“I’m 83 years old and I will die homeless”

Elderly residents of Pietermaritzburg are renting RDP houses they had hoped to own

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Photo of old people
Elderly residents of France in Pietermaritzburg are renting RDP houses they applied to own years ago. Photo: Nompendulo Ngubane

“I’m 83 years old and I will die homeless,” says Regina [not her real name] who has been renting an RDP house for ten years. Regina is one of several elderly residents of France in Pietermaritzburg who are renting RDP homes while waiting for houses.

She pays R500 rent from her monthly pension grant of R1,600. Regina says sometimes she misses the rent because of other expenses. Her “landlady” has warned her never to tell anyone that she is renting.

“I’m old and I cannot compete with the youngsters in the ward. We have young girls owning four or five RDP houses while we are renting. What they do is collect rent,” said Regina.

Regina applied for a house in 1996 and she has been waiting ever since. She lived with her daughter, but when her daughter died in 2007, her grandchildren no longer wanted her to stay with them. She was offered a one-room RDP house to rent by a young woman who comes to collect the rent at night, she says.

“At 83 I will die like a skhotheni (thug). I didn’t know that at my age I would be paying rent. When I die, my corpse will be taken straight from the mortuary to the graveyard. There won’t be any night vigil,” she says. “Our ANC government has failed us, they have no shame. They must forget about my vote.”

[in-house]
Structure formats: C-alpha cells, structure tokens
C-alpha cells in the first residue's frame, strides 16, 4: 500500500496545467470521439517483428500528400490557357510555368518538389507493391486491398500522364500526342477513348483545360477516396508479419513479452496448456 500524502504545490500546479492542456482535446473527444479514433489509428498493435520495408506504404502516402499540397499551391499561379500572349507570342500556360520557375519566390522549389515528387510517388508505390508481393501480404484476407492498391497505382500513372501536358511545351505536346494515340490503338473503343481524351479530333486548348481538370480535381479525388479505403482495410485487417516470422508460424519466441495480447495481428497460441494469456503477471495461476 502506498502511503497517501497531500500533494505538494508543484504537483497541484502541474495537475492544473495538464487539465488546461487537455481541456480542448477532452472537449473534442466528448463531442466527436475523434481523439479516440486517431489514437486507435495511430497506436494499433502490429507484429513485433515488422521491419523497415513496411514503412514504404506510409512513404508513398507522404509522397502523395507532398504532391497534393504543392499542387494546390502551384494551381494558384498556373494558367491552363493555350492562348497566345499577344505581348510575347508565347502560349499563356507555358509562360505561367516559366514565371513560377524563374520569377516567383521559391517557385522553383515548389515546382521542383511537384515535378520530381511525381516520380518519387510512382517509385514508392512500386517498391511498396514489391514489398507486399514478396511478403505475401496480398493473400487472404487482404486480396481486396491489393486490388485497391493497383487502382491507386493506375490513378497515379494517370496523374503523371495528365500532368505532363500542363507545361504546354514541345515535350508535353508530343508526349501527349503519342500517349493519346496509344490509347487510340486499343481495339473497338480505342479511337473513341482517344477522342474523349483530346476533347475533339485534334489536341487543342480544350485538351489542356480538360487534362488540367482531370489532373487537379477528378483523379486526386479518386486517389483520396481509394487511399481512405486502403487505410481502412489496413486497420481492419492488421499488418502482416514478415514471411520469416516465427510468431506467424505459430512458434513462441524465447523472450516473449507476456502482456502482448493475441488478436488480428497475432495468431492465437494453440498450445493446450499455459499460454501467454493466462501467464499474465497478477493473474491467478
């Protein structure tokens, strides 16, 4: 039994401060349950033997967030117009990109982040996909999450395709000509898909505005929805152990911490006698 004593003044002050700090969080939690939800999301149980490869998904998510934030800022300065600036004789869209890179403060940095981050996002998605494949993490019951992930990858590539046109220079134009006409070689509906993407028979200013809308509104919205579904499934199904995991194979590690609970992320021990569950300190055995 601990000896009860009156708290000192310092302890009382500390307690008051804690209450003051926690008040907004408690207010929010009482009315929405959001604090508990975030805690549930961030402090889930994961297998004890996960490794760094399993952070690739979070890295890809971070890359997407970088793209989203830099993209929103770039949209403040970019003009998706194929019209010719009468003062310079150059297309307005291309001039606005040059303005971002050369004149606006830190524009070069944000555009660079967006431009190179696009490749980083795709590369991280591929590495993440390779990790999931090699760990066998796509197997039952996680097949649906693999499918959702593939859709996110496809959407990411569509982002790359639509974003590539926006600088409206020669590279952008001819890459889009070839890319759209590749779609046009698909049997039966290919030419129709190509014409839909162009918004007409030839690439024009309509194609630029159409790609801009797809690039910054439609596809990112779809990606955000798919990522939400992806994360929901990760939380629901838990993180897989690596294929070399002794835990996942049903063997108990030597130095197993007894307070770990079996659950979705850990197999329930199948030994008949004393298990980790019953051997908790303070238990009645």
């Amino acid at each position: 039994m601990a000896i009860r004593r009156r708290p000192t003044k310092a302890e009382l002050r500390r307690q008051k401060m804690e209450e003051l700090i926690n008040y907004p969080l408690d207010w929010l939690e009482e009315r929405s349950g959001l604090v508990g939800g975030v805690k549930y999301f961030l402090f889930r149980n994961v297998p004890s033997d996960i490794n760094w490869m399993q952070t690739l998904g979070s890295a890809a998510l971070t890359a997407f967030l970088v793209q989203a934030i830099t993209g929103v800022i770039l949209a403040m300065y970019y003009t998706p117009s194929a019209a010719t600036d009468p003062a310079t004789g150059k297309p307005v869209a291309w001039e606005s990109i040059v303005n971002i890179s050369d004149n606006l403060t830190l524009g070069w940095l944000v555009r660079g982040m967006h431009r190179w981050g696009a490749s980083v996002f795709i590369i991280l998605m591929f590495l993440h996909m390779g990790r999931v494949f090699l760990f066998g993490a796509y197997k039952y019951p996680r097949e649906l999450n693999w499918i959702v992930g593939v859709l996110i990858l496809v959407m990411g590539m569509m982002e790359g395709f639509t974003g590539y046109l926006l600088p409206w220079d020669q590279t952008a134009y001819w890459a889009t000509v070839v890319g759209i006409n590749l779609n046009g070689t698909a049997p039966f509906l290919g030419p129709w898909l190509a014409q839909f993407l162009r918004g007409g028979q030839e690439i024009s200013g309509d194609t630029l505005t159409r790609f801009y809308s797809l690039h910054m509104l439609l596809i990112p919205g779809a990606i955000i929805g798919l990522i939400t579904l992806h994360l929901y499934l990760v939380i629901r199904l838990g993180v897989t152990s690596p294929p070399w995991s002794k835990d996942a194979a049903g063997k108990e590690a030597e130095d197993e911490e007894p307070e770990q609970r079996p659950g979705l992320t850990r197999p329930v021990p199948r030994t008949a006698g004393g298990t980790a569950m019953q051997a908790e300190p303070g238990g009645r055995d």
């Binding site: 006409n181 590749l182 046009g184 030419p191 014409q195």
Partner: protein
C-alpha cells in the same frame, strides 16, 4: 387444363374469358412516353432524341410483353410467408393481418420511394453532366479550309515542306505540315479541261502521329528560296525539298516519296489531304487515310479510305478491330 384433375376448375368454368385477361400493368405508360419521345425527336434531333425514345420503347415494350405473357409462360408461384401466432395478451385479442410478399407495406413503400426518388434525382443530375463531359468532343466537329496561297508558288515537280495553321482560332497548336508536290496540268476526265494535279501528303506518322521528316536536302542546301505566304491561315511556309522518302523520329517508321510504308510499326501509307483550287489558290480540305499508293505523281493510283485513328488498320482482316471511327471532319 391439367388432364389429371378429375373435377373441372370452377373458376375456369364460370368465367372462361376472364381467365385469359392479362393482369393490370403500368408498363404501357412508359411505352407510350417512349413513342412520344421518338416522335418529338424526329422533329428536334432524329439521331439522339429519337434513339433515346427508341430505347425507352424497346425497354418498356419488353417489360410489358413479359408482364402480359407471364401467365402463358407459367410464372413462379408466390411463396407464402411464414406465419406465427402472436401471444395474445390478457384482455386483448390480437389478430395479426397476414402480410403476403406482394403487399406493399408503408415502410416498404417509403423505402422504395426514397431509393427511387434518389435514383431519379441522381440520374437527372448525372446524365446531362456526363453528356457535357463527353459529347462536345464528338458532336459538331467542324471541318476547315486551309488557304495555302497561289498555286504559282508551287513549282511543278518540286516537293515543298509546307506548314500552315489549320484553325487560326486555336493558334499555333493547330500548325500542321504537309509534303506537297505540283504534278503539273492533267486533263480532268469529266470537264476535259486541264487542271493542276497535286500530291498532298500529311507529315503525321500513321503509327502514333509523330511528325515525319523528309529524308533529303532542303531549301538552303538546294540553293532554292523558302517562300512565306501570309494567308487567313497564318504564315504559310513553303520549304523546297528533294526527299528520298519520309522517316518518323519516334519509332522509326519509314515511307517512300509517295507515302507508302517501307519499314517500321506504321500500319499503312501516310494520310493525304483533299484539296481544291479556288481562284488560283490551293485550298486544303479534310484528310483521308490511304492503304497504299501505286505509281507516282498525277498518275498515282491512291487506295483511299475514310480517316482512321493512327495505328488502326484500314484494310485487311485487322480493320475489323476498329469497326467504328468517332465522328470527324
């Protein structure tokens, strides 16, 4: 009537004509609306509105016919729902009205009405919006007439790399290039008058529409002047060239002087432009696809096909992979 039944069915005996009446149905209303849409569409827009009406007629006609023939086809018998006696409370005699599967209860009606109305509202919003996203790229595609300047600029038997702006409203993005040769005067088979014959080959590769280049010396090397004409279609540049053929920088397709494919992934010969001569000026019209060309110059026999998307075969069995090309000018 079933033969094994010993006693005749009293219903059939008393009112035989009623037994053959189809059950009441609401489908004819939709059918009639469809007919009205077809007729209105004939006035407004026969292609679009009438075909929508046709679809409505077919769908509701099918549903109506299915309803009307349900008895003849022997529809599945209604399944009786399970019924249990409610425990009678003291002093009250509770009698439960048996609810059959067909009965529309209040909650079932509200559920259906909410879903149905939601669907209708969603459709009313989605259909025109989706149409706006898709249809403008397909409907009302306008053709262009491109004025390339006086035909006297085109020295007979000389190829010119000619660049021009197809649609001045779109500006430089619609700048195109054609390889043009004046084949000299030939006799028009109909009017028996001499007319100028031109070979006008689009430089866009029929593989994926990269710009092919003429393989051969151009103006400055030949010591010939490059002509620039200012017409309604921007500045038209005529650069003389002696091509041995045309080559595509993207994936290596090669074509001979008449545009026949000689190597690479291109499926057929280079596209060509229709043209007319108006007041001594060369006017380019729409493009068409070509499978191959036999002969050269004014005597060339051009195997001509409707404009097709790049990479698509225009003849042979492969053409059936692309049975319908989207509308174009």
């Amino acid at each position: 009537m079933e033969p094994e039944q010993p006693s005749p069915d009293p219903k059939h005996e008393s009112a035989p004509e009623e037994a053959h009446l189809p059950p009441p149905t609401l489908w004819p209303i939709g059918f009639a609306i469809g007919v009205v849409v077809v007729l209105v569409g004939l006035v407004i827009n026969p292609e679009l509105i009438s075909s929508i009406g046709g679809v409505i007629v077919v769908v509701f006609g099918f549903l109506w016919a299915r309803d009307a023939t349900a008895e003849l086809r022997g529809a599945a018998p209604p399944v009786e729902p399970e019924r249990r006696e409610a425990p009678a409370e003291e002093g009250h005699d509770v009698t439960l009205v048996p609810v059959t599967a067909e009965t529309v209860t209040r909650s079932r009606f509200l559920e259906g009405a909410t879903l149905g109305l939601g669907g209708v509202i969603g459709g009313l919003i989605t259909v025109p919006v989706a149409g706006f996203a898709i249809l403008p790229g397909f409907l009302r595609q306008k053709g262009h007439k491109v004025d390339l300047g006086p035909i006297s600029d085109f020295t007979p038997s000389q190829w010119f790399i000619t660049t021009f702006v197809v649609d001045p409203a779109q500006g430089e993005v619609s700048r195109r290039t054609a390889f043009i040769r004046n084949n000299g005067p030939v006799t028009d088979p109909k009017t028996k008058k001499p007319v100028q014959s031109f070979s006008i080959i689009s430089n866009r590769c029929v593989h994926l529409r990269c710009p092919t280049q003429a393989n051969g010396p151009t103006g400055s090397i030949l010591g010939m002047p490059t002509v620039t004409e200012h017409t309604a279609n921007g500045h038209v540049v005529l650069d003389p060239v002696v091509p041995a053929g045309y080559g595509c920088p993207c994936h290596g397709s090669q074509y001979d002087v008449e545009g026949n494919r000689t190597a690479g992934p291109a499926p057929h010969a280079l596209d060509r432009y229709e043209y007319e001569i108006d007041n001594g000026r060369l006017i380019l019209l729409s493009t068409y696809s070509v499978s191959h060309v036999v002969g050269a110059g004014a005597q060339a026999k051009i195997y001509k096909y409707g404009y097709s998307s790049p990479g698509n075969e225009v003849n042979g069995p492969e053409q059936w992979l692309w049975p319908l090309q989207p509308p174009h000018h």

In 1999 a housing project set to benefit 4,500 families ended in shambles in France. People occupied other people’s houses; some of them are collecting the rent from the elderly.

According to Mduduzi Hlongwane, who is on the ward housing committee, most of the people who applied for houses are still waiting. He said some residents had occupied the houses without documents and claimed them. Some houses were half completed without doors or windows, he said.

“We do not know how it happened, but we have people owning four or five houses. Some of the houses were sold to people at low prices. I also applied for a house but I was told my house is now occupied by someone else. I’m staying in someone else’s house. When I got in there were no doors or windows and the floor was bare. Because I needed a place to stay with my family I moved in,” he said.

Sbongile Shabalala, 54, lives with nine children and grandchildren. She lost her job as a crèche assistant where she was earning R400 a month. She rents for R500 and her landlord is increasing the rent in December, she says.

“I am among those who have been waiting since 1996. I lost my job last year and I‘m only surviving on grants for the children. It could be that my house is occupied by someone else. I might be renting my own house, as is happening to others.”

Shisemile Madiba, 66, bought a house for R8,000 from a man who claimed he was the owner. She has been paying in instalments from her pension and living in the house for over ten years, but now she has been told by people who claim the house as theirs that she must leave in December.

“I have no place to go. I told them and they said they don’t care. The person who sold the house to me said it belonged to him. He is nowhere to be found now. There was no paperwork or any signed documents when I bought the house,” says Madiba.

Spokesperson for Human Settlements Mbulelo Baloyi said he was waiting for feedback from the municipality.

A spokesperson for the Msunduzi municipality, Thobeka Mafumbatha, said the municipality had called for people who had originally been allocated houses to come forward. She said the plan was to regularise those who had occupied houses for a long time, and deal with the issue of people who had been allocated houses but had not occupied them.

TOPICS:  Housing

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